Radio reporter fired over comedy act reinstated after an arbitrator finds his jokes ‘funny’

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A reporter who was fired for his stand-up comedy has been reinstated to his job at a Philadelphia-based public radio station through an arbitrator, who agreed that his jokes were, in part, funny.

Jad Sleiman, 34, is to be fully reinstated to his position at WHYY, a Philadelphia-based NPR station, after an arbitrator determined that although material posted on social media could be interpreted as “inflammatory” , the organization “rushed to judgment.” » in his decision to fire him.

In a phone call Friday, Sleiman said he felt vindicated by the decision and was considering returning to work.

“When a news organization says you’re racist, bigoted, whatever, people believe it,” he said. “So there's been a lot of abuse from a lot of people who have never met me, who have never seen my stand-up, just seen what WHYY said about me, which doesn't It's not great.”

A message seeking comment emailed to WHYY was not immediately returned. Sleiman said he is considering further legal action over statements made by WHYY about his character.

Sleiman had worked as a reporter on The Pulse, a national health and science program, since 2018, when he was fired a year ago after executives discovered his social media account — under Jad S. or @jadslay – who published excerpts from his stand-up. comedy.

WHYY officials argued that his stand-up violated the company's code of conduct, social media guidelines and social responsibility values, finding his routine “inflammatory.” They submitted nine videos from social media as evidence. They argued that the clips had “'scalding' content and had 'sexual overtones, racial overtones, and misogynistic material,'” according to arbitration documents.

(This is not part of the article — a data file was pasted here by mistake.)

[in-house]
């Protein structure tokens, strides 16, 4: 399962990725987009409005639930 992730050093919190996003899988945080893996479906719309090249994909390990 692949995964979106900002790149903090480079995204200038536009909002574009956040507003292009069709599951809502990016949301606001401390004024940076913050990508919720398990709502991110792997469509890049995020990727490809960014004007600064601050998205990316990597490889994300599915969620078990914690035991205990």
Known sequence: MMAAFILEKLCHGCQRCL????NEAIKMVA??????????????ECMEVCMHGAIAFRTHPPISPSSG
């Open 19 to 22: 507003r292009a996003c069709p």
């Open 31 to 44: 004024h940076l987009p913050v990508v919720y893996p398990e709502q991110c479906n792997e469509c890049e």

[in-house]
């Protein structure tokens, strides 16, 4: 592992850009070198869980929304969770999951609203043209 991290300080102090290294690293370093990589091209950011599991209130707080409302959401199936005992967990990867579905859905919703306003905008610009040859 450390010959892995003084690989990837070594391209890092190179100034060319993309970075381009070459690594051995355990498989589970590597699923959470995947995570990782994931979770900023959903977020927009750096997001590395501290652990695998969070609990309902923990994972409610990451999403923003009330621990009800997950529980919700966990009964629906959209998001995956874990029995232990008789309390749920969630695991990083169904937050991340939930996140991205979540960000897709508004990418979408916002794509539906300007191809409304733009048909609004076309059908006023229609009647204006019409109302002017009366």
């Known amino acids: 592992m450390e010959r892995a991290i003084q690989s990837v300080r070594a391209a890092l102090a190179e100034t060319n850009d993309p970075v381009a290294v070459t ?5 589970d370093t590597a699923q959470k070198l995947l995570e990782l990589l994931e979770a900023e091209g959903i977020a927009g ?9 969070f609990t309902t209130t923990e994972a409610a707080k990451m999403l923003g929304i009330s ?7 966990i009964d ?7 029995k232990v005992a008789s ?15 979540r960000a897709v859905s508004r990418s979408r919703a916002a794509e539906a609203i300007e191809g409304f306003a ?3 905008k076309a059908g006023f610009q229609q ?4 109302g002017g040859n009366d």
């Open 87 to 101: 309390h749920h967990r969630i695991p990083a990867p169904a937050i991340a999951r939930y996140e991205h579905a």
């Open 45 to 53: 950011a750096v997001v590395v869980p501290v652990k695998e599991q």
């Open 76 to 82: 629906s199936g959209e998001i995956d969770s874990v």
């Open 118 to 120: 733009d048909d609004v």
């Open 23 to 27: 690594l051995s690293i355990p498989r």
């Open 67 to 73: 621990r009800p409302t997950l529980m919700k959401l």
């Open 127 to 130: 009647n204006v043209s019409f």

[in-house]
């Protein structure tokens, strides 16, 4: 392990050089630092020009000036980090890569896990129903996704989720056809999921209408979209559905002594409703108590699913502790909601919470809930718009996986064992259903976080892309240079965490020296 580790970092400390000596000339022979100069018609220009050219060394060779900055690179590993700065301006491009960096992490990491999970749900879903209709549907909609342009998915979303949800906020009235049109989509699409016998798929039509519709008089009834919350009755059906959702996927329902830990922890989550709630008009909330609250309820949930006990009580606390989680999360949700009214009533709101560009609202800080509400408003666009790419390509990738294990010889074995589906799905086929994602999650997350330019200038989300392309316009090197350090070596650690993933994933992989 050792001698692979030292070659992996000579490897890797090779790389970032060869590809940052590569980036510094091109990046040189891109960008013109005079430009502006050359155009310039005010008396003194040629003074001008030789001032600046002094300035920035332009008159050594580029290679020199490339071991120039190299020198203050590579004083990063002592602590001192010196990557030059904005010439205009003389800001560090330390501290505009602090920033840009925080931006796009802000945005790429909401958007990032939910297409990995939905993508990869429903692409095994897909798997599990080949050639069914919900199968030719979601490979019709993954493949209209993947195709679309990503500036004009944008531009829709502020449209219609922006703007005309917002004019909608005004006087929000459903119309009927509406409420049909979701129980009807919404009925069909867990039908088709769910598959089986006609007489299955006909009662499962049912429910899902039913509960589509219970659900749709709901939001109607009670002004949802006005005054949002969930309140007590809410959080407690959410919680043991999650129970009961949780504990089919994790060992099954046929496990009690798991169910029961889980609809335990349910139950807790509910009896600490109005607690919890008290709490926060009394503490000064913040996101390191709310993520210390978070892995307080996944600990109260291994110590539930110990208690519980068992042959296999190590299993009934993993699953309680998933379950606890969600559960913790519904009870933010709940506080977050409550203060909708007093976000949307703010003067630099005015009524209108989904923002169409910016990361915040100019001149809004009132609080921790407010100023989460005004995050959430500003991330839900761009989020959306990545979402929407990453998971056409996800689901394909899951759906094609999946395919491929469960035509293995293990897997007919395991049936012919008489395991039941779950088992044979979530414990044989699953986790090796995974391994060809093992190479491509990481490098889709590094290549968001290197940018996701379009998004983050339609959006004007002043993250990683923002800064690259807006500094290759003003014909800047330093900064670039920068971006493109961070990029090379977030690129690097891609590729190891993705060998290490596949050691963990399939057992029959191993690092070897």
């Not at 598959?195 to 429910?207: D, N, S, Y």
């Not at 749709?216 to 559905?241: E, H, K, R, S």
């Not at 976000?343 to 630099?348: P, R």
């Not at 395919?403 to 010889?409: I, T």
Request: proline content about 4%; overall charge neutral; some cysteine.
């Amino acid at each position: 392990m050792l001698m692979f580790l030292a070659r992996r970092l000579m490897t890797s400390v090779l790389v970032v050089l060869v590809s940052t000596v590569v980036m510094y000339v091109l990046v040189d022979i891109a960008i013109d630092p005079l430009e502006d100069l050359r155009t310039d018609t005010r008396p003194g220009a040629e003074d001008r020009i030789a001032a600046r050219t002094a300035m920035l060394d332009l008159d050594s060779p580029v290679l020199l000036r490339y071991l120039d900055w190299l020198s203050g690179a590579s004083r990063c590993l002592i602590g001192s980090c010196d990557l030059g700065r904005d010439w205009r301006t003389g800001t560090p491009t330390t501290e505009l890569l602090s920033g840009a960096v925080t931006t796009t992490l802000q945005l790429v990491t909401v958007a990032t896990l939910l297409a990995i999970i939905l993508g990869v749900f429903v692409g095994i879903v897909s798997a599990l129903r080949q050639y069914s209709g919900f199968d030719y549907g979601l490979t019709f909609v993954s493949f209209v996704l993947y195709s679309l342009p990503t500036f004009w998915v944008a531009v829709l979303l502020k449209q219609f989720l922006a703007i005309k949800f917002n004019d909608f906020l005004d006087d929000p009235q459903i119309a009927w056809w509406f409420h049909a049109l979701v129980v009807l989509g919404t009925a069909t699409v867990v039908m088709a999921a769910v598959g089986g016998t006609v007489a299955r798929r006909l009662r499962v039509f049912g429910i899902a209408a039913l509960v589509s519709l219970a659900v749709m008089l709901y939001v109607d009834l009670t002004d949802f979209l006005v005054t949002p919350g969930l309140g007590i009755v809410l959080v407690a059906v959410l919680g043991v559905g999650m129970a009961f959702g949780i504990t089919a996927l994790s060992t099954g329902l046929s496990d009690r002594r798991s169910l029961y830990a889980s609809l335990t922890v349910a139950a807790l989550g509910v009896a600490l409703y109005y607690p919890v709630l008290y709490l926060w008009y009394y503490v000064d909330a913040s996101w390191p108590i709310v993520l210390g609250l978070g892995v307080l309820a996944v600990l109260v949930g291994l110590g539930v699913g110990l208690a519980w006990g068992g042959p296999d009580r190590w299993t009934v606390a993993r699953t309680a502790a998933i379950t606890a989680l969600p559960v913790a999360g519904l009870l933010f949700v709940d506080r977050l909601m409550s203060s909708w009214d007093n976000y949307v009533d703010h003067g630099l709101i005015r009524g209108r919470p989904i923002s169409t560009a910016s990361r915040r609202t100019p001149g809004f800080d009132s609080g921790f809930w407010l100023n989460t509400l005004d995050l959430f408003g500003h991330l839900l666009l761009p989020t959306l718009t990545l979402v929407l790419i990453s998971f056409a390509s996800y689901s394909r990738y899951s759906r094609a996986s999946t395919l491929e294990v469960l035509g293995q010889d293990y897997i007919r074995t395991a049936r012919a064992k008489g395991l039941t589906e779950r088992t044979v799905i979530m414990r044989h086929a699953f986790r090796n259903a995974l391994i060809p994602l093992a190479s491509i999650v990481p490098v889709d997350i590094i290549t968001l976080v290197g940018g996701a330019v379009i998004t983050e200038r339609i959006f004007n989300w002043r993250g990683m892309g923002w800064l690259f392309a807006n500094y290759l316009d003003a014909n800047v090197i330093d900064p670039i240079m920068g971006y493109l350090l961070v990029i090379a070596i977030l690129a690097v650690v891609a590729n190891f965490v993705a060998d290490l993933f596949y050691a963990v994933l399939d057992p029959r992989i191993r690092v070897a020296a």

Sleiman, who has worked as a journalist in the United States and abroad since 2013 after serving in the United States Marine Corps, argued during arbitration that his stand-up routines stemmed from his experiences in as an Arab-American raised in a Muslim family and his time in military service and reporting in the Middle East.

He was frustrated that when he was first fired, people thought it was a no-brainer for telling jokes while having a day job.

“Like, 'What do you mean?' You're off-duty, you're having fun with creative expression, of course you should be fired for that,'” he said. “But I hate that this has become normal. And I want be an example of no, your employer doesn't own you.

Although arbitrator Lawrence S. Coburn admitted that some or all of the videos could be considered inflammatory — “the very strict standards of the collective bargaining agreement that I am required to apply,” he wrote – he also sometimes found them “just funny”. .”

In one, Coburn noted that some comments were “insightful, principled and serious, but not very funny.”

“More importantly, I find that the message of the clip, if one is open to receiving it, cannot be interpreted as inflammatory,” he continued.

On the other hand, Coburn said that “it is difficult to believe that an impartial person would find the clip inflammatory.”

“But the bar is very low, and among WHYY's audience of 1.3 million, there may be a few people who would find the clip inflammatory,” he added.

As part of this decision, Sleiman had to remove the nine videos cited. He was also asked to remove any “offensive post-termination” posts in which he disparaged the company for his termination. (Coburn concluded that, “in the circumstances, such 'insanity' does not prevent him from being reinstated.)

Sleiman first turned to acting in 2021, after being diagnosed with multiple sclerosis, a chronic illness that affects the central nervous system. One of his biggest fears, he said, was losing his fine motor skills and, with it, his ability to play the guitar and piano. But stand-up was a safe place: there's a stool if he needs to sit down, a microphone stand if he can't hold the mic.

“These leaders have no right to take this from me,” he said. “Then I will fight. I want both. I'm going to be a journalist and a comedian, and I don't think there's anything wrong with that.

The arbitrator's decision was made on December 28.


Brooke Schultz is a corps member for the Associated Press/Report for America Statehouse News Initiative. Report for America is a nonprofit national service program that places journalists in local newsrooms to report on under-reported issues.

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